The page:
Dancing here is unlike any other salsa club I know.  People don’t do a lot of showy moves and turns, but instead tend to dance very closely, emphasizing their hips.  And everyone knows how to MOVE.  They FEEL the music.  They ENJOY the music.  It’s not technical, it’s not robotic – this is salsa de la calle (street salsa).  They play a lot of salsa urbano and salsa choke and salsaton, which I love.  And when a particularly popular song comes on, the whole place just ERUPTS – everyone belting out the lyrics and dancing and radiating sabor.  And when they play an occasional bomba song (a musical/dance style from the Afro-Ecuadorian population in northern Ecuador), everyone goes crazy.  And when they play reggaeton – it is a sight to behold.  (An R-rated site to behold, but it’s incredible.)  I don’t think I will ever ever EVER find a place like this anywhere else that I live.  I feel very fortunate that I have the opportunity to frequent Ritmo Salvaje now, and try to soak up the experience.

Patrons at Ritmo Salvaje tend to get several large bottles of beer (or a whole crate of beer) to share.  But instead of each person drinking their own bottle from the stash, they will all share one bottle at a time, using one or two plastic cups.  One person pours some beer into a cup and drinks it, then dumps the remaining foam on the floor.  Then they pass the now-empty cup to a friend, who pours a little beer, drinks it, and tosses out the foam.  I used to think this was gross, but now I see it as just one more example of how communal Ecuadorian culture is (as opposed to U.S. culture, which is very individualistic).  I haven’t yet figured out if this sharing and dumping of cups is more of a racial phenomenon, or more of a coastal phenomenon, or more of a small-town culture phenomenon.  But this is the only club I’ve been to where everyone is dumping out their cups on the floor all night long.  Which means that the floor becomes quite wet, until everyone is eventually dancing in puddles of discarded beer foam.

And THAT is why my shoes were completely soaked after a night of salsa dancing.

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Marimba

Esmeraldas is a province in the northwest of Ecuador. It’s predominantly Afro-Ecuadorian, and the reason why is really interesting! According to Lonely Planet, in 1553 a slave ship anchored off Ecuador’s north coast was wrecked during a storm. The 23 slaves on board overpowered their captors and escaped, settling in the northwest. The population grew, and Ecuador is now 5% Afro-Ecuadorian.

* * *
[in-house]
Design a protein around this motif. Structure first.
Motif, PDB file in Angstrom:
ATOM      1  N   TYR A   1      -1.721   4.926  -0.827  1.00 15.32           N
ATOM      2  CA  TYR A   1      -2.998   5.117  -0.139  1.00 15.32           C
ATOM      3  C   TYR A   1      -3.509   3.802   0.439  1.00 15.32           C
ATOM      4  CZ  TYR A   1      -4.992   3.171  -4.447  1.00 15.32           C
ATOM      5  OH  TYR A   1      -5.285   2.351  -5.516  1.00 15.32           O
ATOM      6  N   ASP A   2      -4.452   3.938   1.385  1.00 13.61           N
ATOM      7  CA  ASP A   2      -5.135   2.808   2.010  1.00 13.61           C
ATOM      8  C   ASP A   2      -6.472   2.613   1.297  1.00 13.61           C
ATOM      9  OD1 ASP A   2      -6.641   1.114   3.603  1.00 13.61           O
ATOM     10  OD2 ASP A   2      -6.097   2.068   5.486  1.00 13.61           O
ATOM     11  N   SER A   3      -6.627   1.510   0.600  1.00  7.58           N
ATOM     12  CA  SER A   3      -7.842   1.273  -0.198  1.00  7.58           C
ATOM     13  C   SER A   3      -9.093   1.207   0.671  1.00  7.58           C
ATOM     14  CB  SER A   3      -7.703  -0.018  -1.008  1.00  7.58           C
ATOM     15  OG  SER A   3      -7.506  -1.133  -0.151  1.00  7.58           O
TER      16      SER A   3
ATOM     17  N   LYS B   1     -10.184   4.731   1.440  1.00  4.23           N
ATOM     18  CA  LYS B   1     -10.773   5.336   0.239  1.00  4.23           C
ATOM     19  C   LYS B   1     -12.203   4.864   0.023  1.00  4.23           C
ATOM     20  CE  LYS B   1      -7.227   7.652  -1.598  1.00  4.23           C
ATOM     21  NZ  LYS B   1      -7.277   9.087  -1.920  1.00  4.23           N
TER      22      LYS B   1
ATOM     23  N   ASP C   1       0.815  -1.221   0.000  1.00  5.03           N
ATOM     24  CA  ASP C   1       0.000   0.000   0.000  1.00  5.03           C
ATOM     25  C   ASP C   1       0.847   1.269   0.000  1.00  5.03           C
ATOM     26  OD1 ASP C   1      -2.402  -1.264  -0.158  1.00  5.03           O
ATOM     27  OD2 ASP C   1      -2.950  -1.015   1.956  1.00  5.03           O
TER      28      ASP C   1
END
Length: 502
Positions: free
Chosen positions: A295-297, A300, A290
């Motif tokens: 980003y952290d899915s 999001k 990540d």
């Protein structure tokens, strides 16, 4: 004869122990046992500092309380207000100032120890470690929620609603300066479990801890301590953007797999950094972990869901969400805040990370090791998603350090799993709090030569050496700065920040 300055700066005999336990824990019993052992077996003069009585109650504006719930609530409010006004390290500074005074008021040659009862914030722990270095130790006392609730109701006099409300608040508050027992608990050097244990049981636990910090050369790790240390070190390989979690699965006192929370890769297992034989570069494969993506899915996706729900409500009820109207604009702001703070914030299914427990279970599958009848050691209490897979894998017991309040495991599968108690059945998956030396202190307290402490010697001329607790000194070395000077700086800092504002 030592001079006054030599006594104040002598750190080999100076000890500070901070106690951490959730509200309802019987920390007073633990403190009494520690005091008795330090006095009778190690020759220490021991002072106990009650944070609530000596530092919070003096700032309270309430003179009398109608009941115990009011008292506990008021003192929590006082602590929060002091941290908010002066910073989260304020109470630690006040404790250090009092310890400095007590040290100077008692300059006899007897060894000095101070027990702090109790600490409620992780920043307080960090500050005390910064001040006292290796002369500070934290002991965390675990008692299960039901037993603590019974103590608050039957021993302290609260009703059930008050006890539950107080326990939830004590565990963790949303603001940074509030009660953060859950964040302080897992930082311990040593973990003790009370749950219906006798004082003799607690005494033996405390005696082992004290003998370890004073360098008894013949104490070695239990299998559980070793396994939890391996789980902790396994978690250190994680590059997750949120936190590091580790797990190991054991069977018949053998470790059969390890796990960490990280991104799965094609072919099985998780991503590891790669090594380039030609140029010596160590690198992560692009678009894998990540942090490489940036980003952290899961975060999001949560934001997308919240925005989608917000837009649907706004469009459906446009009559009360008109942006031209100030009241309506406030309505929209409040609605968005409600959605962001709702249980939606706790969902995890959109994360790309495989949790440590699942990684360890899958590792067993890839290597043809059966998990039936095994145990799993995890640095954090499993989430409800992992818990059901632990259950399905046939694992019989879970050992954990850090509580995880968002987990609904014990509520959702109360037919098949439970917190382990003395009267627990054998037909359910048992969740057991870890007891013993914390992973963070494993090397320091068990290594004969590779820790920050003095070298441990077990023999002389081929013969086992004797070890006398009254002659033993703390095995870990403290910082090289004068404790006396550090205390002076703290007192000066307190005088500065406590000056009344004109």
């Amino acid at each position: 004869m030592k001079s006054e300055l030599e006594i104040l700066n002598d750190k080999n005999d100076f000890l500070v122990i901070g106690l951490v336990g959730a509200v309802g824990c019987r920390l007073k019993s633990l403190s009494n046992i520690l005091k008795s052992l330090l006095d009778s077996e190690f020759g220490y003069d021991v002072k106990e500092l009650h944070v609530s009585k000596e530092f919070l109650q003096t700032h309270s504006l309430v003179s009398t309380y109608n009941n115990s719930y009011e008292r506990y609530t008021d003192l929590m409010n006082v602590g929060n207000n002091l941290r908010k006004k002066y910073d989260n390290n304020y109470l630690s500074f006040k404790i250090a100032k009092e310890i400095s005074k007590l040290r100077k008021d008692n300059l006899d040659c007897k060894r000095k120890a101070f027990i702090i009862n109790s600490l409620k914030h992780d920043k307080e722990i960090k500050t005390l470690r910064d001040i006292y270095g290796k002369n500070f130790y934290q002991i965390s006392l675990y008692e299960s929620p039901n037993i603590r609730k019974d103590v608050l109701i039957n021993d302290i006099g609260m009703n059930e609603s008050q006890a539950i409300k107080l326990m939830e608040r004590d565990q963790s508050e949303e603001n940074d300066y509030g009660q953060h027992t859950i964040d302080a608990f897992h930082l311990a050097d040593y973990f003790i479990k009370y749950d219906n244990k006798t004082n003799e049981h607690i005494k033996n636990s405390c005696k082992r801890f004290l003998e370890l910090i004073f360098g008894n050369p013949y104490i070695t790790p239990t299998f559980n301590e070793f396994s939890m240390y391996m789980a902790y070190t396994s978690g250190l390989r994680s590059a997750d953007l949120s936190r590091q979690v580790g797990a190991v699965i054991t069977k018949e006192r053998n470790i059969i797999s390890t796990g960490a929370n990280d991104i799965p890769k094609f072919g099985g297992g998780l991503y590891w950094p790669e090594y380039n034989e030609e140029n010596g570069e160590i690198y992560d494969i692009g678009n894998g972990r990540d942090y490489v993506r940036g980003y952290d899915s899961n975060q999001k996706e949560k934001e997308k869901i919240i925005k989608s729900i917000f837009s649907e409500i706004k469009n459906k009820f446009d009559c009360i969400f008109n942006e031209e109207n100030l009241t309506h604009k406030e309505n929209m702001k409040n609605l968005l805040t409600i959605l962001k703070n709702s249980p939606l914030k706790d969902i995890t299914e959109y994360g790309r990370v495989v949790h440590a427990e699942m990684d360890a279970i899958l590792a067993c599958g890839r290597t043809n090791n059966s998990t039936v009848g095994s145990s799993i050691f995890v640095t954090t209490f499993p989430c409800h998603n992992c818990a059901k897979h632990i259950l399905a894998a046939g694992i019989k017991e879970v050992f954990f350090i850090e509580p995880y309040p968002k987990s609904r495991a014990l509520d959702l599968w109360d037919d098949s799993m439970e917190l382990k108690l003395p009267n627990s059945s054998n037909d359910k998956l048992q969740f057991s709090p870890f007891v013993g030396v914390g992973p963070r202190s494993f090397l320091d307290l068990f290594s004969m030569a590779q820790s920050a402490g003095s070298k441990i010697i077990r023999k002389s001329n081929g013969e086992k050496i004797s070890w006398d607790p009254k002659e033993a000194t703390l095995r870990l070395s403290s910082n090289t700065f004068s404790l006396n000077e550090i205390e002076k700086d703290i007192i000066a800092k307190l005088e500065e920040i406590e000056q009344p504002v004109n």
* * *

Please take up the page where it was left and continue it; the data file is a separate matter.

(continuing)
Not surprisingly, African roots are still evident in much of Esmeraldan culture, one example being marimba.  Marimba is both a musical instrument (a type of xylophone) and a type of dance (accompanied by said instrument and lots of drums).   A few of my Esmeraldan friends are involved in a marimba group, and their 8th anniversary performance happened to coincide with a recent work trip I took to Esmeraldas.  I was so excited to finally see this dance in person!

And this duet – I absolutely ADORE how flirtatious it is.  The guy is my friend Fercho – I wish the video quality had uploaded better so you could see how expressive his face is during this dance!

PS – I really love being able to see traditional dances in their places of origin.  For example:

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I made a list of 13 goals before I moved to Ecuador.  Let’s check my progress, shall we?

  1. Really improve my Spanish.  Fail.  I mean, it IS better than when I first arrived (when I had a jumble of Turkish, French, and Indonesian tumbling out of my mouth).  My fluency, vocabulary, and grammar have improved, and I’ve picked up some Ecuadorian features of Spanish.  But honestly, I haven’t studied or practiced as much as I should have.  For my job, I almost always use English since I work with English teachers.  And most of my friends, including the Ecuadorians, speak English.  Obviously I get by, but my Spanish can still use a lot of improvement.  Que bestia.
  2. Learn a few words of Quechua.  Technically I guess I accomplished this – I know 4 words:
    guagua = baby
    chuchaqui = hungover
    yaguar = blood
    cocha = lake
    Why these 4?  Because they’re commonly used among Spanish speakers or for location names.  I had been thinking more along the lines of “hello,” “please,” “thank you,” etc.  Oh well.